Help for Life Challenges

Mourning something that hasn’t happened yet? There’s a name for that and here’s how God can help

Senior woman holding a picture frame missing someone at home
For many of us (myself included), it’s easy to get ahead of ourselves when it comes to big emotions.
FG Trade/Getty Images

For many of us (myself included), it’s easy to get ahead of ourselves when it comes to big emotions. Thinking about the imminent passing of a loved one or anxiously living in a “what if” or worst-case scenario state of mind are all too commonplace for many people today.

Sharley Funk’s husband, Lance, was diagnosed with early-onset Alzheimer’s in 2021 at the age of 51. And the idea of “anticipatory grief”—grieving an event that hasn’t taken place yet—has come to describe her life all too well. But she has also learned to lean on important gospel principles to help her, especially in tough moments.

Once I heard the term “anticipatory grief.” I was like, that’s exactly it. I know what’s coming. It’s like a long-term grief. You’re grieving all along the way, but then, you know what’s coming too, and you know it’s not going to get better.

And so I have made a conscious effort to just slow down, delete things from my life that I can delete from my life, and just try and live my life at Lance’s pace. Sometimes it’s sitting on the couch with him for two hours while he naps.

And I’ve got all this stuff going on in my head like, “Oh, I should be doing laundry. I could get up and do this. I should be doing this.” But I’ve just made the effort to slow down, and realize this is just a short time in my life and I’m going to take this time and just be with Lance. To just enjoy this, and just lay my head on his shoulder, and remember what it felt like to sit next to him, and to hear him breathe, and to remember that he is my person.

For me, that has been a huge blessing and that is something I can do because I know that this is short-term, it’s not going to be a long-term thing for us. … 

I know I’ll never be ready because it’s not something I’ve experienced before. I don’t really know what to expect as far as grieving the loss of a spouse. Because right now he’s still here. He’s still in front of me.

But I have felt like Heavenly Father has given me this period of time to just be with Lance, and that was such a gift for me. …

It’s hard to pinpoint one gospel principle that has helped the most because it’s everything. It’s the belief that we are eternal beings, and this time here on the earth is short term. It’s the belief that this isn’t the end, that I’m going to be with him again, and that even while I’m still here on the earth, he’s still going to be part of my life.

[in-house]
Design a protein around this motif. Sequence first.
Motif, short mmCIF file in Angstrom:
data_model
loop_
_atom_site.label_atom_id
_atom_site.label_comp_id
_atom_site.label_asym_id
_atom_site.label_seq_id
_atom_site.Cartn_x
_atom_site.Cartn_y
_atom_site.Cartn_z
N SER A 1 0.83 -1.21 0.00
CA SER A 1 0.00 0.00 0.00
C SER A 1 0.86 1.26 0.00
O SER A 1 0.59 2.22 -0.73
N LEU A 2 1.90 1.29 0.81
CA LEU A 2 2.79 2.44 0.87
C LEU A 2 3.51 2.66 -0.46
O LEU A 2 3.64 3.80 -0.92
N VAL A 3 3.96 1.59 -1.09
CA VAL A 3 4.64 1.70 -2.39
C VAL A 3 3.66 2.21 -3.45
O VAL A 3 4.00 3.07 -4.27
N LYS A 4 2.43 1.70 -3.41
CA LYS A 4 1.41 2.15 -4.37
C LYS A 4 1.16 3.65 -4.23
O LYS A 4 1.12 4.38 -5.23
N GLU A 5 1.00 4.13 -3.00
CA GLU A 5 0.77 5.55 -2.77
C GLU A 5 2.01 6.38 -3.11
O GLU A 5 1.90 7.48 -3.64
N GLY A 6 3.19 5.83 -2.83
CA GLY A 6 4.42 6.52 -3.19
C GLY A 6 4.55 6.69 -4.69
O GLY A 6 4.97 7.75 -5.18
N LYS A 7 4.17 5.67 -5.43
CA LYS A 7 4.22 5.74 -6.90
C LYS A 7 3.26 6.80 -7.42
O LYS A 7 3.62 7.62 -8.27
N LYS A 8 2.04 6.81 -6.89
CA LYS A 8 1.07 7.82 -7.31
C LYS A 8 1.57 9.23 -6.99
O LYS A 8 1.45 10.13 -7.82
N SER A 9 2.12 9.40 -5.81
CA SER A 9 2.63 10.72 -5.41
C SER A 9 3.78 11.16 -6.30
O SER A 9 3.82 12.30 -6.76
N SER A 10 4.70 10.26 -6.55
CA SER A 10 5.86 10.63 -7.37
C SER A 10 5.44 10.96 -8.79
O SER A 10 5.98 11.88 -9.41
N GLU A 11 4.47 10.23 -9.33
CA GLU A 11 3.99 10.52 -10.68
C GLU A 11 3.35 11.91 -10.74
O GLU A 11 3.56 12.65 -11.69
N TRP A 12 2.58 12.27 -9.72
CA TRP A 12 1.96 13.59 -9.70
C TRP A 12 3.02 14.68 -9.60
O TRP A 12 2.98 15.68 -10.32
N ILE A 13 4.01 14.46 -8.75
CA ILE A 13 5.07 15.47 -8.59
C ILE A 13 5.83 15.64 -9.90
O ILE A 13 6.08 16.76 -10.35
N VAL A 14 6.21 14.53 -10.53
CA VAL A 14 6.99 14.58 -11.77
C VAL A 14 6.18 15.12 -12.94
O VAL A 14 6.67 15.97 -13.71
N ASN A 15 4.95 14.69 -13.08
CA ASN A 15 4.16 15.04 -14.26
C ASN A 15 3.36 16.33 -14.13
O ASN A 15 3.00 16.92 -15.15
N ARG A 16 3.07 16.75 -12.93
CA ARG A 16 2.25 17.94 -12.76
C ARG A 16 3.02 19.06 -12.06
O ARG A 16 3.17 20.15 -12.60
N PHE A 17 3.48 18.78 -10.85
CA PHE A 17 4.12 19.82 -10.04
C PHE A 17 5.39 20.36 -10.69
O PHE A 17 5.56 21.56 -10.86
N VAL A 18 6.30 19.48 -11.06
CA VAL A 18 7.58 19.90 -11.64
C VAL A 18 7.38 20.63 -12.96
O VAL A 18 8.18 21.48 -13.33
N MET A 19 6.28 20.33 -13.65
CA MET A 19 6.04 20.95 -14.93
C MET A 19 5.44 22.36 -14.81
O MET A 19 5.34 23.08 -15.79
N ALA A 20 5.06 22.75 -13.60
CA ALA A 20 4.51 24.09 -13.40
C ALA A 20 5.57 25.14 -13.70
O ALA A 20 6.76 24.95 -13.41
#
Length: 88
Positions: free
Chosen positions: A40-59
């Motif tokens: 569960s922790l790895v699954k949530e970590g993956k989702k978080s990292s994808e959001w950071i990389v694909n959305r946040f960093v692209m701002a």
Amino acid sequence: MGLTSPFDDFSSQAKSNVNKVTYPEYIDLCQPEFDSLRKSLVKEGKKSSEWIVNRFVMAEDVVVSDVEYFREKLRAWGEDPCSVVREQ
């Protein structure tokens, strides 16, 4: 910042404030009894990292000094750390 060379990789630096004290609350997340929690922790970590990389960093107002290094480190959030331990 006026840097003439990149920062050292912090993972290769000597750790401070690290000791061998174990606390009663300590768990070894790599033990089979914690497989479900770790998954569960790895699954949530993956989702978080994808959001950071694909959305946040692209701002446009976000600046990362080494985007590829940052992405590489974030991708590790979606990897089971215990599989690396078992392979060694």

For Sharley, her experience with anticipatory grief has been lightened by two specific gifts from God: 1) the inspired thought to slow down and appreciate the time she does have with her husband. And 2) the knowledge that we are eternal beings with temporary earthly trials but eternal relationships and eternal purpose.

If you are also experiencing anticipatory grief or anxiety in your life, consider any blessings God has put on your path.

  • Have you ever been inspired to slow down or eliminate distractions?
  • Are there specific things you can do today to be more present and less focused on the future?
  • Are there people whose general presence brings you peace or joy?
  • Is there a quote or a conference talk or a scripture verse or a hymn that has brought you peace in the past?
  • Can you ask God more specifically for solutions to the anxiety or grief you are experiencing?

We know that God is in the details and knows all the small pleadings of our hearts. And He may be trying to help you, like Sharley, work through your moments of anticipatory anxiety or grief.

For more insights on grief and God’s hand in our lives, check out the articles below:

► How can I share my pain with God without murmuring?

► Lamenting our grief and pain to God might be one of the best things we can do for our faith

► This painting took 12 years to come to the canvas. Here’s what it teaches about grief and ongoing healing

You can listen to more of Sharley’s story and experiences on this week’s episode of the All In podcast in the player below.

Even in the Darkest Hour

For many of us, faith and hard work are often seen as the keys to overcoming challenges. But what does it look like to stay faithful when “more faith” and “more work” do not make things better? What does one say when one cannot express praise? How do we maintain connection to God from within our pain? In Even in the Darkest Hour, Michael Huston illustrates how a close relationship with God is premised on authenticity: including sincere, faithful expressions of our frustration, anger, and pain.

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